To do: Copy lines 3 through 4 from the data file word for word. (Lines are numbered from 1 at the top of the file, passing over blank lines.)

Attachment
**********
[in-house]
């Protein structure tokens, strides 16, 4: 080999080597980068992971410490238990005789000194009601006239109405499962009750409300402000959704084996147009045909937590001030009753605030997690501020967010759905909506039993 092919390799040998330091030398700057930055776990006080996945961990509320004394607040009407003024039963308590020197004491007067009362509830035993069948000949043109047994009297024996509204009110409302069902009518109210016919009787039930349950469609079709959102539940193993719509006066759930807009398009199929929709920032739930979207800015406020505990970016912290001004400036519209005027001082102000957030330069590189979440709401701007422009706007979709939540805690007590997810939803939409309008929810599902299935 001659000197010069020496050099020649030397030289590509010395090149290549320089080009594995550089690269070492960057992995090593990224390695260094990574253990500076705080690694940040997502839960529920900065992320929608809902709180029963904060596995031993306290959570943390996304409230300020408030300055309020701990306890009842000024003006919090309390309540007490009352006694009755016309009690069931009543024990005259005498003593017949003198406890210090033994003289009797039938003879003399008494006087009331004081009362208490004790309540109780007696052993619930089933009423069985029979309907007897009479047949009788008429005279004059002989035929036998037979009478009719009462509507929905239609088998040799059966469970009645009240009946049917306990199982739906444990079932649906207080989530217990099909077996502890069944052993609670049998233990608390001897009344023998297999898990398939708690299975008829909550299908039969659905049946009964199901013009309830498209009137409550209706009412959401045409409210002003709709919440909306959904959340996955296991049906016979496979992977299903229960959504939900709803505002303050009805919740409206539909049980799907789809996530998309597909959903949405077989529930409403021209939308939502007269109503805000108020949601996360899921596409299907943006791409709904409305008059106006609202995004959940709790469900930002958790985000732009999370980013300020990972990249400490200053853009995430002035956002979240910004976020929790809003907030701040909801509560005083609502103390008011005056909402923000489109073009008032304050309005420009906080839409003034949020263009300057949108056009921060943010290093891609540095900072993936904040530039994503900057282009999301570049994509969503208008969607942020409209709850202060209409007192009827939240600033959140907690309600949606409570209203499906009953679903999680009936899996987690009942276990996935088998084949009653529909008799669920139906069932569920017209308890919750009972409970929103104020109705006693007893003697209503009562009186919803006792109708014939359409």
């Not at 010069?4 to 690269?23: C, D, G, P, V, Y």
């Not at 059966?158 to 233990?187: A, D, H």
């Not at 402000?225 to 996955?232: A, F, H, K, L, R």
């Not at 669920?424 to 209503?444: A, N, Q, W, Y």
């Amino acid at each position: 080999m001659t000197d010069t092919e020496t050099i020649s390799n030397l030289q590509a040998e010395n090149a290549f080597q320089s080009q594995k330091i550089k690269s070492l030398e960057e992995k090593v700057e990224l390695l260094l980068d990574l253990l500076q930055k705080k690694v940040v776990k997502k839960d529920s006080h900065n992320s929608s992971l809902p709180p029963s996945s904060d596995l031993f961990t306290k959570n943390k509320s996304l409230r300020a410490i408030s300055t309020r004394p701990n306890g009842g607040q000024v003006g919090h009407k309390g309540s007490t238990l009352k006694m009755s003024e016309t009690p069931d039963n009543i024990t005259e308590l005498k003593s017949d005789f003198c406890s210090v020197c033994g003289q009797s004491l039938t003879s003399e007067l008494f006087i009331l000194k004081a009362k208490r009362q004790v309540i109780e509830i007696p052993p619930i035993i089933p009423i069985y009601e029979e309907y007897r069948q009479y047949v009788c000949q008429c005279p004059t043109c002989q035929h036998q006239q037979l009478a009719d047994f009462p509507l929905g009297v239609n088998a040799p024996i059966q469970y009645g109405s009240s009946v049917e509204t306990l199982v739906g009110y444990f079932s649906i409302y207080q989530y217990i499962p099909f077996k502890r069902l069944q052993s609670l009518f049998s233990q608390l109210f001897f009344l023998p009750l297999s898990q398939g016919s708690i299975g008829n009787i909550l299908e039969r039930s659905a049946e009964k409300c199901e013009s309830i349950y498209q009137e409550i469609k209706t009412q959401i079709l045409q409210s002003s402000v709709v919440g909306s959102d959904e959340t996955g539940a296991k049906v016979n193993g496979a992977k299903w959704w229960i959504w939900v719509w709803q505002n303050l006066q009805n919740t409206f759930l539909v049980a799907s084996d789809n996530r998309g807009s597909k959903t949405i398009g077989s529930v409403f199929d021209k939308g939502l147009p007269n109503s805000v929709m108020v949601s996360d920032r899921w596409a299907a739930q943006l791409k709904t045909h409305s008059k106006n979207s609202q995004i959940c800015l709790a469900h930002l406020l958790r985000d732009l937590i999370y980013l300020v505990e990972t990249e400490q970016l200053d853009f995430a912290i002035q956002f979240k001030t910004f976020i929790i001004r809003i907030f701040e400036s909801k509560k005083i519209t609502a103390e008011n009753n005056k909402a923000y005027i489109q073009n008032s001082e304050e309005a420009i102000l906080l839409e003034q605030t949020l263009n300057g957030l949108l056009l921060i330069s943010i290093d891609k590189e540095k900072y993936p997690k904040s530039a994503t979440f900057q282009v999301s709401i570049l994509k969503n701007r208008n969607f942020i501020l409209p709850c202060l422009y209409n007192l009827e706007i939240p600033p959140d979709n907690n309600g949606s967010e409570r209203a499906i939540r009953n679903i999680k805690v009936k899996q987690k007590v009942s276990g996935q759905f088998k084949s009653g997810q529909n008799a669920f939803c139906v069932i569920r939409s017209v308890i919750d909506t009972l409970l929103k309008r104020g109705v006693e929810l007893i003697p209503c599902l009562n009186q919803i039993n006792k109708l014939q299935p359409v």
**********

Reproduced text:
């Not at 010069?4 to 690269?23: C, D, G, P, V, Y």
């Not at 059966?158 to 233990?187: A, D, H």